For example, the database contains every single panel for a Volkswagen Golf, which means the car can be covered from top to bottom quickly and accurately. The cost of protecting a car varies between make and model, but prices start from £300 and can go up to thousands of pounds for the most exotic cars.

This may sound like a lot, but Auto Express found that two-year-old cars can lose hundreds of pounds in value from stone chips, with the average shortfall at around five per cent. Pri Chauhan, managing director of Reep Midlands, says many drivers now opt to spend a little more in the beginning of ownership to preserve the value later on.

We’re handed a sheet for an Aston Martin V8 Vantage headlamp straight from the printer. The PPF sheets themselves feel like thicker, more durable cling film. To fit the sheet, we first clean the headlamp to make sure there’s no debris on the glass and then spray the film with isopropyl alcohol to make it easier to fit. With the sheet on top of the headlamp, we then begin the difficult task of making sure the film sits perfectly – if it isn’t correctly positioned, it not only looks odd but also leaves important areas vulnerable.

After several tries, we finally get it close enough for Robinson to give us the thumbs-up. Getting the film sitting right is important because the paint protection will stay on the cars for decades – the company behind the tech, Llumar, offers a 10-year guarantee.

Even with years of training, Robinson and his team can spend days working on a car. The job may sound like a fun Saturday afternoon for keen DIYers, but with this level of tech and precision involved, it’s one to leave for the pros...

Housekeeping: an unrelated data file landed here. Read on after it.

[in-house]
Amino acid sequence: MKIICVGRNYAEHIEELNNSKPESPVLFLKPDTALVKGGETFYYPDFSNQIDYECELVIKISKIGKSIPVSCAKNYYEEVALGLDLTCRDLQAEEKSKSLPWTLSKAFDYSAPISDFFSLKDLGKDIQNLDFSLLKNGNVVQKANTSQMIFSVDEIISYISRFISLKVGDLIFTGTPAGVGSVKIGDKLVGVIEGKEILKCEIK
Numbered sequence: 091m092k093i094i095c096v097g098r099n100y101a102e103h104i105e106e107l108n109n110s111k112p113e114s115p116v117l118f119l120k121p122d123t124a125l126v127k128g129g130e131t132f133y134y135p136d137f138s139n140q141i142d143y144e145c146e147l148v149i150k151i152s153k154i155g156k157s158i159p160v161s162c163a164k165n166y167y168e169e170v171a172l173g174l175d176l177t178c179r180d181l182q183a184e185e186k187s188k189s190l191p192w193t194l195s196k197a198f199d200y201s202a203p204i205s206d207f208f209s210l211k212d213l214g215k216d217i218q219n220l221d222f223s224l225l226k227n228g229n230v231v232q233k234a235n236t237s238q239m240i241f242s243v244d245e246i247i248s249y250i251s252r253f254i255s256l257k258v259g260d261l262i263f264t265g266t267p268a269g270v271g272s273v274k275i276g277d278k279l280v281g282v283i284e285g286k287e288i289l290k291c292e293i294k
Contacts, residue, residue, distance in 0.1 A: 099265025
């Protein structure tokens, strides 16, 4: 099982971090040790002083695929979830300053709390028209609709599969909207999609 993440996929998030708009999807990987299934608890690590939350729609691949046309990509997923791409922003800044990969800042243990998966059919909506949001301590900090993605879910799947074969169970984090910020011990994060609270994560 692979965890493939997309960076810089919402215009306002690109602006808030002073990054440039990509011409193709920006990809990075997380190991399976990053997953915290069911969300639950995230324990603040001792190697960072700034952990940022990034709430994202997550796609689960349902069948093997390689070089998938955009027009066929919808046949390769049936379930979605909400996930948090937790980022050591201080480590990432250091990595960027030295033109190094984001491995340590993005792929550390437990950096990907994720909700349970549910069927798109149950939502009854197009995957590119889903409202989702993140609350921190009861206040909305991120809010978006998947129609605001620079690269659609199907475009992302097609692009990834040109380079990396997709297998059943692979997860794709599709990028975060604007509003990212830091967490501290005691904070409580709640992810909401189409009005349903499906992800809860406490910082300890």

How to detail a car like a pro

“The devil is in the detail,” says James Cooper, head of detailing at Reep Midlands, as he shines a torch on the side of a Lamborghini Aventador SV. He shows us how the supercar, which has just 86 miles on the clock, is in need of serious attention due to some paint swirls all around the body.

First up is a two-hour wash, where everything from the brake calipers to exhaust pipes are cleaned carefully; when washing the car, Cooper points out the cloths should move from side to side only, as swirling around can end up leaving marks. The car is then dried with towels and heaters, and then washed again with isopropyl alcohol to remove things such as tree sap and road grime that haven’t come off during the first wash.

Cooper then describes how he measures the paint thickness of body panels before polishing using a coating-thickness gauge. “It’s very scientific. We measure the paint thickness to make sure we use the right pads when polishing.”

After doing this, it’s not unusual for Cooper and his colleagues to polish a car six or seven times, after which it can be protected with a ceramic coating that comes with a seven-year warranty. “A car cannot physically look better after all this,” Cooper concludes.

Do you like the sound of a self-healing car? Let us know in the comments section below...